I am watching my friend’s chickens this week, and I know full well that sentence can’t really be said in many places outside of Seattle. Usually Bennett is in charge of the chickens, but he’s away with his class until this afternoon, so Efram and I have been pitching in.
My main job is to get the chickens to go up into their hen-house for the night and then lock them up in there. In the morning I let them out into their run for the day. If they are well behaved, they can have some dried worms. If they are only moderately behaved, they have to do with popcorn. I can understand — popcorn really is nobody’s favorite food.
My first evening on the job I had a mild panic attack when I couldn’t remember exactly how many chickens she had. I only saw four and I could have sworn there were five. One of the chickens was sitting on some fertilized eggs that at some point will turn into more chickens, so she was sequestered in a little labor and delivery area, but that left only three critters:
I got down on my belly to have a look to see if the roosting chicken was alone in her little box. She seemed to be. And I seemed to be lying in what was most likely a pile of chicken shit, and had two chickens eggs in my coat pocket. I did a quick pelvic thrust to save the eggs and got back up on my feet. I called my friend who told me that one of the birds had passed recently and was now in the large chicken coop in the sky, so yes, there were only four. I quickly rounded them up and took them to bed.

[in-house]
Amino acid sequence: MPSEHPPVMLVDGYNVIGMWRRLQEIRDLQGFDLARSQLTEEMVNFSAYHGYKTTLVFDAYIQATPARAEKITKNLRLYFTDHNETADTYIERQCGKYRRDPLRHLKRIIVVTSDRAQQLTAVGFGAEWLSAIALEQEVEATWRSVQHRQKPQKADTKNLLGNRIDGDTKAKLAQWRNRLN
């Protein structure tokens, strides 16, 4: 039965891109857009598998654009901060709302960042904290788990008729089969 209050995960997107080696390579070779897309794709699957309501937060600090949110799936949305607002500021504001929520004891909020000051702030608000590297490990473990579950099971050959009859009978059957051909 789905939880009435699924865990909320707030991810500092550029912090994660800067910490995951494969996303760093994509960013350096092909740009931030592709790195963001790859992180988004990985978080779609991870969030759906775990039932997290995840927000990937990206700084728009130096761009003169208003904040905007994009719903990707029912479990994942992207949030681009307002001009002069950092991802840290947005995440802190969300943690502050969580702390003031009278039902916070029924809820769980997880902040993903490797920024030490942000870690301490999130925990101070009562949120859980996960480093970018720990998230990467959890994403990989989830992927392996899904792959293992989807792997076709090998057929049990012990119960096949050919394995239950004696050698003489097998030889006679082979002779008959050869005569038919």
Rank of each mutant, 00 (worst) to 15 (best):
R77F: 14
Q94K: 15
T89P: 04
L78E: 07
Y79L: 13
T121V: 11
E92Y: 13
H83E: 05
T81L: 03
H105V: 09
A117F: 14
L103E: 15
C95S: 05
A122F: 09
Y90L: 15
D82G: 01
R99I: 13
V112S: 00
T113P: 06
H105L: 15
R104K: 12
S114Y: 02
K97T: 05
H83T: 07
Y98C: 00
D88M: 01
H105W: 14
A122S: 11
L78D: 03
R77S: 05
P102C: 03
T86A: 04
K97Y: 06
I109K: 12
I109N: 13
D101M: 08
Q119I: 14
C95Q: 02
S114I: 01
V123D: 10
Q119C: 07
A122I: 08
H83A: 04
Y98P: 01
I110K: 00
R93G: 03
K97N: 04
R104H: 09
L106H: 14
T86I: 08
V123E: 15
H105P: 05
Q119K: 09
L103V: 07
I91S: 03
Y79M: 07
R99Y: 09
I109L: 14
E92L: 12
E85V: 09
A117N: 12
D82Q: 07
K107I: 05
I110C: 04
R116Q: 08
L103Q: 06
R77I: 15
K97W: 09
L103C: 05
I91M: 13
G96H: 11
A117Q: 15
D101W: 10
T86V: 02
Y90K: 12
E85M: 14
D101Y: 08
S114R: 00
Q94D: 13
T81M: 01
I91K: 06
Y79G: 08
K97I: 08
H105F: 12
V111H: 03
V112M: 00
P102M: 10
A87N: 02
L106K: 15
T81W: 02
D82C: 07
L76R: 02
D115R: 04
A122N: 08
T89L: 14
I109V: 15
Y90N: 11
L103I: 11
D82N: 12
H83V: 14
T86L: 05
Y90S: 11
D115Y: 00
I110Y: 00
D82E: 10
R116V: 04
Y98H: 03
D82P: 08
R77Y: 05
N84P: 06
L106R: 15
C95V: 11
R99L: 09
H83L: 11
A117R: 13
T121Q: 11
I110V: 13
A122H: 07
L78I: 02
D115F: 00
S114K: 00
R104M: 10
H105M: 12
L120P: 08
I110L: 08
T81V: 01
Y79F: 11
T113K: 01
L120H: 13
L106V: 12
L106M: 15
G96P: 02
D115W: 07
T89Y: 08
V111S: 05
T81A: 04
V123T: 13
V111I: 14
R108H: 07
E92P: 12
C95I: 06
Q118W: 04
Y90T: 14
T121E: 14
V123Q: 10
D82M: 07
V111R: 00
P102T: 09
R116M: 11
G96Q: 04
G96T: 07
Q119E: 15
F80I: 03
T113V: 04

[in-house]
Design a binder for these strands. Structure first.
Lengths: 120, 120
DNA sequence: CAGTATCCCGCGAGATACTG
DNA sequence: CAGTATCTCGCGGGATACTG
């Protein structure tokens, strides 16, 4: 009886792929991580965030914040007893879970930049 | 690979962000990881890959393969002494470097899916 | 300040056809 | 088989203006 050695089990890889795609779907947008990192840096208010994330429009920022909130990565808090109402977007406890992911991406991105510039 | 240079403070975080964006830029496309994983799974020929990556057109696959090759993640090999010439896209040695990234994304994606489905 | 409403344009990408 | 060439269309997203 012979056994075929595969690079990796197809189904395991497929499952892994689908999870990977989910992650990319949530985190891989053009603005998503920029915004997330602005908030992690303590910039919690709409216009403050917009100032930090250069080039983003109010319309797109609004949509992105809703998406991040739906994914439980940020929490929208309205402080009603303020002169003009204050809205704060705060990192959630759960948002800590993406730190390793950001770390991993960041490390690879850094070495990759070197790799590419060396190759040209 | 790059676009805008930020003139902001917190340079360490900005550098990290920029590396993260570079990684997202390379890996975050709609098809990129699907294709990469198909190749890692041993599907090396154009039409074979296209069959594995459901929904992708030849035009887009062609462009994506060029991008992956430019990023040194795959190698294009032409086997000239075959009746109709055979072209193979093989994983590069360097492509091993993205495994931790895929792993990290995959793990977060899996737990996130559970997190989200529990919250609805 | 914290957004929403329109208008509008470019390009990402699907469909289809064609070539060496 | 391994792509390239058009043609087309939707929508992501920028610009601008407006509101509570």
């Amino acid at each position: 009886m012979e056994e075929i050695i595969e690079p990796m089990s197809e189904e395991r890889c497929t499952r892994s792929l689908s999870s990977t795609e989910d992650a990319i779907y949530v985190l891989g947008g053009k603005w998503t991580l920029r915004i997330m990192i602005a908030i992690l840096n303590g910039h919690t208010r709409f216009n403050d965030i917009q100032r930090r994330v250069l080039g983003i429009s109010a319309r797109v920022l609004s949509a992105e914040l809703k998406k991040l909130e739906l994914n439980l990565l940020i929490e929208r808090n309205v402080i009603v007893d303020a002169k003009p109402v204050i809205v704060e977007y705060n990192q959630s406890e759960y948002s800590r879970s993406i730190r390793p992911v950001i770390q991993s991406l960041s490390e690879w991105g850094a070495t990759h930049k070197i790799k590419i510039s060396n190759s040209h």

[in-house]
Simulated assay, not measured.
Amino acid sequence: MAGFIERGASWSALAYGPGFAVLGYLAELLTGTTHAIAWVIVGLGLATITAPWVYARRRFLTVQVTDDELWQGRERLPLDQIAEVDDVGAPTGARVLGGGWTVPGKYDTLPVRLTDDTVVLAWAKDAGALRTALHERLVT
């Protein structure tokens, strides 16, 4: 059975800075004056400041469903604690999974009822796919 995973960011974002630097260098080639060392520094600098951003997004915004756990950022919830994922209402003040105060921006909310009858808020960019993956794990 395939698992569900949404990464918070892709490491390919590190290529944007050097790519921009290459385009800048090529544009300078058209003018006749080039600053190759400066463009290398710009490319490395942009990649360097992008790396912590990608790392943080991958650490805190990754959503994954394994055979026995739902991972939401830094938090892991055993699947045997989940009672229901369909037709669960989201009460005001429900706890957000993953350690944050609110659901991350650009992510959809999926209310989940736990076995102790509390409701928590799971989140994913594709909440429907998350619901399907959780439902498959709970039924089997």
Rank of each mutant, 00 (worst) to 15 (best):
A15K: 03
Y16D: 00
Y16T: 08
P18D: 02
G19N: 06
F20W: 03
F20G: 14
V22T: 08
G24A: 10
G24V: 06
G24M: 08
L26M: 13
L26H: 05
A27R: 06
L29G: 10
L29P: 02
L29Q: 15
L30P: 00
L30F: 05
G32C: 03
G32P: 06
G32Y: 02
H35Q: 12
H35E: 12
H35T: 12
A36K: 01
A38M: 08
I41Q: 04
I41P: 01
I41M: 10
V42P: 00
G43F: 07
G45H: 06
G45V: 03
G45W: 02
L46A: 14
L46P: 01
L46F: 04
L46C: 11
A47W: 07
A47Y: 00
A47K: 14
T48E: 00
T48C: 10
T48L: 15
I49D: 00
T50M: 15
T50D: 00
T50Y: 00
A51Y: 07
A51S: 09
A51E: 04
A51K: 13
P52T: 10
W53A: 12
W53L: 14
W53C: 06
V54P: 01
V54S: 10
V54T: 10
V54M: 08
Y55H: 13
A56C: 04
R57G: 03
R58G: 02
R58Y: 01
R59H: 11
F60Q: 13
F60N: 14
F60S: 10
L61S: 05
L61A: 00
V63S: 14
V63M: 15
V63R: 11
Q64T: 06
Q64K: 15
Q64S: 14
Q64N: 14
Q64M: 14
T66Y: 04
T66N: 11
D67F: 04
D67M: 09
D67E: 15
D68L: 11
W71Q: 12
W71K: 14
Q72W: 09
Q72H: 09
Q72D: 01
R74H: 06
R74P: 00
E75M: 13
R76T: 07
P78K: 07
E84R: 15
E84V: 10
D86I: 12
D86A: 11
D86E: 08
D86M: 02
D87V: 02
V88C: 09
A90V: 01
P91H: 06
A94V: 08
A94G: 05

Relieved, I took the eggs home and had this for dinner:
On the second night the chickens seemed less obedient, as if they could sense that I breed insubordinate children. I tapped the stairs to their coop and asked them to march up and they looked at me as if to say, “Piss off, lady. We’ve got much better things to do than listen to you.” I shouted, as I like to do, but they only wandered further. I tried bribing them with dried worms (really, who can’t be bribed with dried worms?) but they quickly pecked them out of my hand and scurried away. I did some clapping and banging of things, but to no avail. At some point I enlisted Efram, and I chased those damn birds up and down the chicken run, realizing that I was running so frantically that I looked part chicken myself. Eventually I chased them in, but not before I gave them all a stern warning about subordination. I got the “piss off” look again so I gave up.
Needless to say, they did not lay me any eggs this morning.
I was trying to explain to the kids the difference between eggs that we can eat, and eggs that turn into chicks. When Fiona pipes up:
“Wanna know what else I know?”
Do tell.
“If you ever wanna go somewhere, God just eats you up, and then poops you out somewhere else. I learned that.”
Before I could get anywhere with his theory of hers, she and Sidney had moved on to a detailed discussion of God’s anatomy. Truth be told, I’m not entirely sure how they get those eggs fertilized to turn into little birds (I know a rooster-for-hire was involved, but not much else), but I’m almost 100% sure that God does not have a penis.

Posted in children, parenting, Uncategorized on Apr 18, 2013